Do you suffer from Sunday night blues? | The TLC Group
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Do you suffer from Sunday night blues?

Do you suffer from Sunday night blues?

Many of us experience the Sunday blues. The weekend is over before it begins. That feeling which fuels anxiety and deepens depression. At times the thought of the bulk load of a week ahead can leave us feeling lethargic and demotivated. These levels of anxiety can affect your mood and sleep which in turn affects your attention, stress levels, behaviour. The more we neglect organising the small things the further we start to panic. Instead of procrastinating we must get into the habit of arranging the week ahead. Remember these negative experiences haven’t happened yet, and your hostile boss and co-workers aren’t as bad as you think. So why do we get so anxious? It’s time to start setting up priorities.

If we practice mindful techniques it can take the edge off the “Sunday blues”. So here are some ways to stop these invasive thoughts:

Plan ahead and prepare for your Monday morning by taking all the new information, developments and tasks and putting them down on paper. Seeing this list in front of you takes it out of your head. Think of it like writing a short to do list on Sunday for your own peace of mind. Organise your appointments, meetings and presentations in one section and leave another section for errands and non-work related chores. Your to do list doesn’t need to be exhausting but just enough to polish the details. Schedule fun activities and self-care time during week and avoid planning things you dread.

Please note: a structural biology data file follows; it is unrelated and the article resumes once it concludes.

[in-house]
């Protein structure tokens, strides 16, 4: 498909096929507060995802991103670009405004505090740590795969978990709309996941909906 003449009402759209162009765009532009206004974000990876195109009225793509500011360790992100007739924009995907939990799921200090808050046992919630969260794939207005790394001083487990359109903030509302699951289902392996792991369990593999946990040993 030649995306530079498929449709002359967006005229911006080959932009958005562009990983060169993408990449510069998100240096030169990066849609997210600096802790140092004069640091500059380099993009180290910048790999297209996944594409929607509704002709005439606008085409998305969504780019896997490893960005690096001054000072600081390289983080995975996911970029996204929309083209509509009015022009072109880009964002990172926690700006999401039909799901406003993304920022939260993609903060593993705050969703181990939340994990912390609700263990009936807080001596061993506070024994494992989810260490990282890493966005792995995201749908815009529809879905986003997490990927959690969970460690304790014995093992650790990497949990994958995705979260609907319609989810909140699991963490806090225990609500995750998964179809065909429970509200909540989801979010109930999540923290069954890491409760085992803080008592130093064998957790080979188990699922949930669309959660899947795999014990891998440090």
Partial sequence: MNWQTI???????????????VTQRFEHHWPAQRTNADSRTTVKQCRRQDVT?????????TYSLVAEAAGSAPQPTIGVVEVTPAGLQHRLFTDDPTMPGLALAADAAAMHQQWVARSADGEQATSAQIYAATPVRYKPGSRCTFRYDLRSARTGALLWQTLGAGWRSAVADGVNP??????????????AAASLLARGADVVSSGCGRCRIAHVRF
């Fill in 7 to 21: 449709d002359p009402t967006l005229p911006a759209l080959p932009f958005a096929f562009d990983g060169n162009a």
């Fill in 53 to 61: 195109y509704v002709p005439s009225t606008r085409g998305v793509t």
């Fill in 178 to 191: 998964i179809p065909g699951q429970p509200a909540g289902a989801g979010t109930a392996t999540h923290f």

Get more sleep and regulate your bedtime routine. It’s tough when you’re tossing and turning thinking about the next morning but there are several small things that hinder the process of you drifting off. Get off your computer, work phone or even your personal phone. The blue light emitted from these screens disrupts our natural sleeping patterns. So set boundaries on how often you check emails or how late you stay up working on that presentation. Another note on caring for our bodies is watching our intake of alcohol. While that glass of wine after work may be a nice short term fix, once it wears off the negative feelings will intensify.

It may also be time to consider a change. If the job isn’t just giving you a minor anxiety but more of a massive feeling of dread then you may want to move on. As cliché as it sounds you would rather take a job that fulfils you. One that gets you excited about Monday even though it pays less than one which pays well but is unfulfilling and creates massive discomfort. It is time for you to get excited. Plan a lunch out or something after work. You must silence that inner critic and have positive thoughts. The way we start our mornings will strongly influence how we feel for that day. It is time to challenge that negative thought and use our imaginations for good not bad. Even if it is a small change like putting the phone down it is still a step in the right direction for mental well being and a step closer to dissolving those Sunday night blues.